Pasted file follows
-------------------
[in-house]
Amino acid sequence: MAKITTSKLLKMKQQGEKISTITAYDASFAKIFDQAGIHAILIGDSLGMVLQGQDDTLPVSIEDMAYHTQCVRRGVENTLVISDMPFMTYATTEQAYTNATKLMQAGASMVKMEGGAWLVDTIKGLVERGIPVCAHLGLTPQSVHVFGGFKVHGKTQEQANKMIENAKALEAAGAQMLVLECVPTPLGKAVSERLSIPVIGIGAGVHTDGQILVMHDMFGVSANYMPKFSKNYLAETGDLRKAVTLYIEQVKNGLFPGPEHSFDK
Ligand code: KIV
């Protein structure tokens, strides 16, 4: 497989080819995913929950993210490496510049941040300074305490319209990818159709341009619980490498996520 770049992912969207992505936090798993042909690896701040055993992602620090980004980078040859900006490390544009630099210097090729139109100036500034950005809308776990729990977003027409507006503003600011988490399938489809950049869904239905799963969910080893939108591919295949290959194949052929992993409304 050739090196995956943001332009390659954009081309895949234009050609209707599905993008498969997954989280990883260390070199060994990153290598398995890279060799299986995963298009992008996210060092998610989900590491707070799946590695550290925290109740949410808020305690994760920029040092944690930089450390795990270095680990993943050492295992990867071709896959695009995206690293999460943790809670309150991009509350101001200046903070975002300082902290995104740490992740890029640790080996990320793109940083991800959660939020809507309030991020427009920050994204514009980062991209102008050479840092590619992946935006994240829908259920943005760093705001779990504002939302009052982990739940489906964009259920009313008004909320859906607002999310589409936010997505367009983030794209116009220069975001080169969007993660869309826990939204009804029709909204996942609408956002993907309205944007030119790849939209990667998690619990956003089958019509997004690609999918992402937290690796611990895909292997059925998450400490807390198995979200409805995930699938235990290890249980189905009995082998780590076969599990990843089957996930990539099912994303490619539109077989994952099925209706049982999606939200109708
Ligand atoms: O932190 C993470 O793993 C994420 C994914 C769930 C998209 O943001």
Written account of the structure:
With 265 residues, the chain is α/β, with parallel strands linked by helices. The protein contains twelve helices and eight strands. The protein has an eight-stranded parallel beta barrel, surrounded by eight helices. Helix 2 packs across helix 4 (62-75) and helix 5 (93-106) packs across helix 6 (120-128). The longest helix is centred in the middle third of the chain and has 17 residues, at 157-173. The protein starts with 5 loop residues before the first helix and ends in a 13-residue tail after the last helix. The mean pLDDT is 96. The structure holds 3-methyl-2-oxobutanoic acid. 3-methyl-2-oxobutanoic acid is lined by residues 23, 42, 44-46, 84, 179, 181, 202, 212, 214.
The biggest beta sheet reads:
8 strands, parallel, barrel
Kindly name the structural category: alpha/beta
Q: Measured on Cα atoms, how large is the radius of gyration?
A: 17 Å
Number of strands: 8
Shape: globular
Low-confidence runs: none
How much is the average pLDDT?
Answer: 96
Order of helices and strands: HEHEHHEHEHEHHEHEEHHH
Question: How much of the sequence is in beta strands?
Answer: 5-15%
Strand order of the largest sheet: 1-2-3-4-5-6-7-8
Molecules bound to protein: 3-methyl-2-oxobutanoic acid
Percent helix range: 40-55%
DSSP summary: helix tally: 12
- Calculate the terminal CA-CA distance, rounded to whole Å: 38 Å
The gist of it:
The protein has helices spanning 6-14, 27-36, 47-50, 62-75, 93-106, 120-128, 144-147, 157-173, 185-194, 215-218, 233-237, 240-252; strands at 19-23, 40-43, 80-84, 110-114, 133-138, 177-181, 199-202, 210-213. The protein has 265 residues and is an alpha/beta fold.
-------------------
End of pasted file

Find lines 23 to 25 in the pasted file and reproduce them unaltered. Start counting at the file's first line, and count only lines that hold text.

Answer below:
Percent helix range: 40-55%
DSSP summary: helix tally: 12
- Calculate the terminal CA-CA distance, rounded to whole Å: 38 Å